ARPA was interested in this idea of radio links between computers -- for obvious reasons.  There was a clear military application -- an ALOHA-type system based on radio transmitters fitted in moving vehicles like tanks could have the kind of resilience that centralised battlefield communications systems lacked.  But the limited range of the radios would still pose a problem, necessitating relay stations every few miles -- which re-introduced a level of vulnerability into the system.  This led to the idea of using satellites as the relay stations -- and in the end to the construction of SATNET, a wide-area network based on satellites.  In time,  SATNET linked sites in the US with sites in Britain, Norway, Germany and Italy.  Another attraction of these systems is that they offered far greater flexibility in the use of shared (not to mention scarce and expensive) transmission capacity.
  As these other packet-switching networks developed, Bob Kahn (who had now moved from BBN to ARPA) became increasingly preoccupied with the idea of devising a way in which they and ARPANET could all be interlinked.  This was easier said than done.  For one thing, the networks differed from one another in important respects -- the size of a packet, for example.  More importantly, they differed greatly in their reliability.  In the ARPANET, the destination IMP (as distinct from the host computer to which it was interfaced) was responsible for reassembling all the parts of a message when it arrived.  IMPs made sure that all the packets got through by means of an elaborate system of hop-by-hop acknowledgements.  They also ensured that different messages were kept in order.  The basic protocol of the ARPANET -- the Network Control Program -- was therefore built on the assumption that the network was reliable.
  This did not hold for the non-ARPA networks, where the governing assumption was, if anything, exactly the opposite.  There is always interference in radio transmissions, for example, so the ALOHA system had to be constructed on the assumption that the network was inherently unreliable, that one simply couldn’t count on a packet getting through.  If no acknowledgement was received, a transmitting host would assume it had got lost and dispatch an identical packet; and it would keep doing this until it received acknowledgement of receipt.  Also the non-ARPANET systems differed in other fundamental respects -- right down to what they regarded as the size of a standard packet and the fact that they had different rates of transmission.  Clearly linking or ‘internetting’ such a motley bunch was going to be difficult.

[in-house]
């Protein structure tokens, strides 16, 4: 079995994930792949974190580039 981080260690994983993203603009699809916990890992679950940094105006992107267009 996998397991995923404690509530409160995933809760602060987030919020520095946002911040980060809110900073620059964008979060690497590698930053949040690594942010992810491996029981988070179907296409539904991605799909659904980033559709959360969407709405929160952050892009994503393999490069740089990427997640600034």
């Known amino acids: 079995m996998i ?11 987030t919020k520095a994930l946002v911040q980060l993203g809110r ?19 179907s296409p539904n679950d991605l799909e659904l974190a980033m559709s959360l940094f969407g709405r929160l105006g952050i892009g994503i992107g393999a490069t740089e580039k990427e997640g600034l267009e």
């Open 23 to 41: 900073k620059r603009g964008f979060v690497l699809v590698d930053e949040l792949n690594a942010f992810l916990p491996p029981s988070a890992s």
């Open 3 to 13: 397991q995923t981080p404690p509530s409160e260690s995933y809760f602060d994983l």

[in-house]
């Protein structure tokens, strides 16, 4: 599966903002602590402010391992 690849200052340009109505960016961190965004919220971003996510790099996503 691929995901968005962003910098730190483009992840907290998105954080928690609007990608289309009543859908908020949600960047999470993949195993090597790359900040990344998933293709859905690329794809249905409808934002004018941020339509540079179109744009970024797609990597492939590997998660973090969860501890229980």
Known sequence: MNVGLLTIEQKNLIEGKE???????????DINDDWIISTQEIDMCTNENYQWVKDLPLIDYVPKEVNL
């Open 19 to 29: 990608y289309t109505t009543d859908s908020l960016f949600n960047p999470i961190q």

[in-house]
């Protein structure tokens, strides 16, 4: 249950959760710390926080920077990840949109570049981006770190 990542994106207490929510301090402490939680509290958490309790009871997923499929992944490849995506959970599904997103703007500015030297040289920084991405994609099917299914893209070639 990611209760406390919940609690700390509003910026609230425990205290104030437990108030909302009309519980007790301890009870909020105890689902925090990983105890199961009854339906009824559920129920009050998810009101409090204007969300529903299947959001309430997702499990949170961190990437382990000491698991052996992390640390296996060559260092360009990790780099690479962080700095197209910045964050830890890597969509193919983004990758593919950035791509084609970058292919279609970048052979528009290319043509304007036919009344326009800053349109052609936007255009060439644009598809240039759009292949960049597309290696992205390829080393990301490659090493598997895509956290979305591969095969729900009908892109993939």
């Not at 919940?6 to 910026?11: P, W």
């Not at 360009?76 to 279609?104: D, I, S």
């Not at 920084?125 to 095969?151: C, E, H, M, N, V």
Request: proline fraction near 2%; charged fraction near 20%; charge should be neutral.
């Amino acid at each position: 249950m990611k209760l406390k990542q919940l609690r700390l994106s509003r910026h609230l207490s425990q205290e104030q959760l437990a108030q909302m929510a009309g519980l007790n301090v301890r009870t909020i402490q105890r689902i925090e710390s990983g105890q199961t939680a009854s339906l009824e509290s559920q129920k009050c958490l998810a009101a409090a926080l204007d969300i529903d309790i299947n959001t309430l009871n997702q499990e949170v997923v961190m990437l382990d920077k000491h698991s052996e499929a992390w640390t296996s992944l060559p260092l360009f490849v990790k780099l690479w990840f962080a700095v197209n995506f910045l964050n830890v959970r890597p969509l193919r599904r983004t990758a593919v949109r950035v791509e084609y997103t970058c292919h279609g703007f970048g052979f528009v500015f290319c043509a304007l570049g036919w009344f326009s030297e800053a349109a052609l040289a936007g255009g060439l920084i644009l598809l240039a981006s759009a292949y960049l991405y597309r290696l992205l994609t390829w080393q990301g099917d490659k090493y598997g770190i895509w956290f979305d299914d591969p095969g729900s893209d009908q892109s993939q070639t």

To help solve this problem, Kahn turned to a young man who had been with the ARPANET project from the beginning.  His name was Vinton (‘Vint’) Cerf.
  The partnership between Kahn and Cerf is one of the epic pairings of modern technology, but to their contemporaries they must have seemed an odd couple.  Kahn is solid and genial and very middle-American -- the model for everyone’s favourite uncle -- who even as a young engineer radiated a kind of relaxed authority.  Cerf is his polar opposite -- neat, wiry, bearded, cosmopolitan, coiled like a spring.  He was born in California, the son of an aerospace executive, and went to school with Steve Crocker, the guy who composed the first RFC.  His contemporaries remember him as a wiry, intense child whose social skills were honed (not to say necessitated) by his profound deafness.  They also remember his dress style -- even as a teenager he wore a suit and tie and carried a briefcase.  “I wasn't so interested in differentiating myself from my parents”, he once told a reporter, “but I wanted to differentiate myself from the rest of my friends just to sort of stick out”.  Coming from a highly athletic family, he also stood out as a precocious bookworm who had taught himself computer programming by the end of tenth grade and calculus at the age of 13.  His obsession with computers was such that Crocker once claimed Cerf masterminded a weekend break-in to the UCLA computer centre simply so that they could use the machines.